security in relation to a much larger neigh-bour is not the same thing as insisting on parity with it. All nations are equal in in- ternational law but sovereign equality is not synonymous with parity.
In any case, Pakistan is India’s rival in real terms only as much as Belgium could rival
France or Germany and Vietnam could hope
to be on a par with China. India’s population is six times larger than Pakistan’s while its economy is 10 times the size of the Pakistani economy. Notwithstanding internal prob- lems, India’s $2 trillion economy has man- aged consistent growth whereas Pakistan’s $245 billion economy has grown sporadical- ly and is undermined by jihadi terrorism and domestic political chaos.
India is expanding by most measures of national power while Pakistan has been able to keep pace with it only in manufacturing
nuclear weapons and their delivery systems. Pakistanis are often not told of the widening gap between the two countries in most fields.
For example, 94 per cent of India’s chil-dren between five and 15 complete primary school compared with 54 per cent in Pakis- tan. Every year, 8,900 Indians get a PhD in the sciences compared with the 8,142 docto- rates awarded by Pakistan’s universities since Independence. The total number of
books published in any language on any sub-
ject in Pakistan in 2013, includi ng religious titles and children’s books, stood at 2,581, against 90,000 in India.
The parity doctrine also requires Pakista- nis to see India as an existential enemy. Textbooks still tell Pakistani children that Hindu India threatens Islamic Pakistan and seeks to terminate its existence. Hardly any- one outside of Pakistan believes that to be true.
Nuclear deterrence and mutually assured destruction usually freeze conflicts and pave the way for détente as they did between the U.S. and the U.S.S.R. But little has changed in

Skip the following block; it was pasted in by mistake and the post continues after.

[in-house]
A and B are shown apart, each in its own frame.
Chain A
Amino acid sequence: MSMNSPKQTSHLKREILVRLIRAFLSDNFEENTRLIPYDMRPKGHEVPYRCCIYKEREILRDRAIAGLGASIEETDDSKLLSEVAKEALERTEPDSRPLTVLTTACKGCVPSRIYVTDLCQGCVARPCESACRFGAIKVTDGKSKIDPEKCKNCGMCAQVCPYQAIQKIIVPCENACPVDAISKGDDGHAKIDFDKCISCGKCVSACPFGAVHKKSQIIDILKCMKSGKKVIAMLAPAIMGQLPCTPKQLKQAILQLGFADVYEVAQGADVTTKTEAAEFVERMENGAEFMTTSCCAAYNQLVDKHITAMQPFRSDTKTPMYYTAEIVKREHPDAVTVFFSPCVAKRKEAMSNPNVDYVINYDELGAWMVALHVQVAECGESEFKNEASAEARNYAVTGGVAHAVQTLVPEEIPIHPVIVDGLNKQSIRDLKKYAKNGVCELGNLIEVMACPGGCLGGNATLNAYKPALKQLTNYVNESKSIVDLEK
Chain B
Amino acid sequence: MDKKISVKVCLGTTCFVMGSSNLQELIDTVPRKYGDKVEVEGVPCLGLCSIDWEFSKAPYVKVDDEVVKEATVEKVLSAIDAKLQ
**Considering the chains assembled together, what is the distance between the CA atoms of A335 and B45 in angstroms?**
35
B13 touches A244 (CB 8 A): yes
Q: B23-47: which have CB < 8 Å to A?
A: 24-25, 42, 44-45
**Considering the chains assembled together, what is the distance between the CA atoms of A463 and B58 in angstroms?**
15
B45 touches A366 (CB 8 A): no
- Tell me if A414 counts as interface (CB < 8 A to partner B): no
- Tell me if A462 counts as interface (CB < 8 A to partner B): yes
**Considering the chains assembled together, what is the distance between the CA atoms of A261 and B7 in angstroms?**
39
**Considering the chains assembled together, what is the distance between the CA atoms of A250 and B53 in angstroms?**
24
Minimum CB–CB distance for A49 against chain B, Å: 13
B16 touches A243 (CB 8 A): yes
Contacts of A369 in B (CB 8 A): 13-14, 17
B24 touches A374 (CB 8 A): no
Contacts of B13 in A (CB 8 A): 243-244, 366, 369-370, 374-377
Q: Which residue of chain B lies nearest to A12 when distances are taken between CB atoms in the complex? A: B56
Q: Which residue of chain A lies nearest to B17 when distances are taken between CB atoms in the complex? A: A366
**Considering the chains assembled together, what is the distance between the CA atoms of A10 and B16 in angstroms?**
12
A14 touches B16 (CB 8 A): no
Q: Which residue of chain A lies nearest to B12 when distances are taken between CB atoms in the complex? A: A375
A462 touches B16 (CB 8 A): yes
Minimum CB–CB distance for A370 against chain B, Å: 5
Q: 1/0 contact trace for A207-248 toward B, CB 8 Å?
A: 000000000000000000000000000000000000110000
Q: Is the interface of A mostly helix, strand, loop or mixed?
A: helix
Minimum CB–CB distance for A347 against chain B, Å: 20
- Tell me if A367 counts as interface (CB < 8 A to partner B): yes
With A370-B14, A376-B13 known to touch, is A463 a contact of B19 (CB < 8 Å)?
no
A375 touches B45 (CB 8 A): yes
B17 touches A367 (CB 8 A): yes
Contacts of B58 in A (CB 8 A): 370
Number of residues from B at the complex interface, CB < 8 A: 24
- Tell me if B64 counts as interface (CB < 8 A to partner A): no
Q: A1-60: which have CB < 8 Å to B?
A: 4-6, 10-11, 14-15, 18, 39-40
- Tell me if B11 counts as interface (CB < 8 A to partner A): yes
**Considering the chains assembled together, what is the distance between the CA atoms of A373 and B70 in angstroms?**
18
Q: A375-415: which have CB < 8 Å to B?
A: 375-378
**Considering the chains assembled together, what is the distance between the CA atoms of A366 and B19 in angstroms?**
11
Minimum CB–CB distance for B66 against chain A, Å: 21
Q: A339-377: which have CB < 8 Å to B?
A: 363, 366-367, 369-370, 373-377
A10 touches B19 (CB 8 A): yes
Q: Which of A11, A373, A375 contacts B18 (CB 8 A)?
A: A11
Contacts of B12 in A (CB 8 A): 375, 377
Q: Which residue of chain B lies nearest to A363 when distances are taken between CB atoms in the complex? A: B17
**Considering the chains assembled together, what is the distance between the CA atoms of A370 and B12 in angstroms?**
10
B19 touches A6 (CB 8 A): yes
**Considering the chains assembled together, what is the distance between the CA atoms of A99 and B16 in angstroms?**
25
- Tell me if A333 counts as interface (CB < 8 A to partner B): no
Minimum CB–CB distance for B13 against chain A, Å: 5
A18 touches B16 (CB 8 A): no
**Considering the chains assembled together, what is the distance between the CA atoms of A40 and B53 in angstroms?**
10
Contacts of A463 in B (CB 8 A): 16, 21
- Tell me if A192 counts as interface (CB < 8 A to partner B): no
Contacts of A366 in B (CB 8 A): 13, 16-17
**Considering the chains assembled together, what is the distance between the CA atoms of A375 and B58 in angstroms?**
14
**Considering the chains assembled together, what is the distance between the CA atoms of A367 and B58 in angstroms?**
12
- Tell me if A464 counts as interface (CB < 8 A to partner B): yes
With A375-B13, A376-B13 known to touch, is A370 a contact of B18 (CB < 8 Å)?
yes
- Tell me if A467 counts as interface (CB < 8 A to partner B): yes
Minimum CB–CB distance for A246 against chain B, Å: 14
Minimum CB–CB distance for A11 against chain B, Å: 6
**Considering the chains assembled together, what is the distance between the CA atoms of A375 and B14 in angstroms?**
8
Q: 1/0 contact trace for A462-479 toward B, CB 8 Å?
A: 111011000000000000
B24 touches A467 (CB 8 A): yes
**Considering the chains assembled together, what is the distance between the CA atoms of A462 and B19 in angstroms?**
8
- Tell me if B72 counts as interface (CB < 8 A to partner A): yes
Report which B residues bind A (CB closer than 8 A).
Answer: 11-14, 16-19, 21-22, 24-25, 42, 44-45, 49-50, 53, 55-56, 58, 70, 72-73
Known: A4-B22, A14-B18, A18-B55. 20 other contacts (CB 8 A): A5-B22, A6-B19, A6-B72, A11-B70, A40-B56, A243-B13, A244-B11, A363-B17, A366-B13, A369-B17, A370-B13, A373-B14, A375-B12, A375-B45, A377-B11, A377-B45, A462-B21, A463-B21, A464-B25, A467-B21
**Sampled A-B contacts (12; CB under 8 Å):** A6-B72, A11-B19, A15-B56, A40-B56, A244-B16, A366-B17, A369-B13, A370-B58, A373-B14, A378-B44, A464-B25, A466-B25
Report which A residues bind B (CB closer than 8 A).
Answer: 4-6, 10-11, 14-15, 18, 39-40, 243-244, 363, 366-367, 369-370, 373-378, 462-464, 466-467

the Pakistani ideology after the induction of nuclear weapons on the subcontinent. There is little recognition that with nuclear weap-
ons, Pakistan no longer has any reason tofeel insecure about being overrun by a larger Indian conventional force.
The notion of an existential threat to Pa- kistan is now only psycho-political and ide-
ological. Pakistan has already fought four wars with India and lost half its territory in the process — the erstwhile East Pakistan, which became Bangladesh in 1971.
As for Jammu and Kashmir, one need not deny Pakistan’s initial claims to recognise that it might not be an issue that can be resolved in the foreseeable future. Jihadi militancy, since 1989, has failed to wrest Kashmir for Pakistan from India as has war and military confrontation.
Islamabad should also evaluate realistical- ly its hope of internationalising the Kashmir
issue. The last effective UN resolution on Kashmir was passed by the Security Council in 1957, when the United Nations had 82 members. Last year, with 193 members, Pa- kistan’s Prime Minister was the only world leader who mentioned Jammu and Kashmir at the UN General Assembly.
In the U.S.’s calculations
U.S. economic and military aid ($40 bil- lion to date since 1950) encouraged the per- petuation of Pakistan’s doctrine of parity with India. Pakistanis thought that with the support of external allies, Pakistan could compensate for its inherent disadvantage in size against India. But now Washington sees India as America’s longer-term ally and partner.
The size of India’s market and potential for greater trade, investment and defence sales are important elements in recent U.S. calculations. But even immediately after In- dependence, India and not Pakistan was deemed to be America’s natural ally. A 1949 Pentagon report described India as “the nat- ural political and economic center of South
Asia” and the country with which the U.S.had greater congruence of interests. India’s decision to stay non-aligned in the
stand-off between the West and the Soviet bloc, benefited Pakistan in its formative years. India argued that it needed to benefit from both sides in the Cold War. Pakistan, a new state unsure of its future and searching for aid to bolster its economy and security, stepped in to become a part of U.S.-led mil- itary alliances.
Pakistan’s old school diplomats, politic- ians and military thinkers are now upset that they cannot count on the U.S. as the equalis- er in their quest for equivalence with India. China is already a close ally of Pakistan and cannot tip the balance in Pakistan’s favour on its own. In any case, it is unlikely that China, with its growing Uyghur problem, wi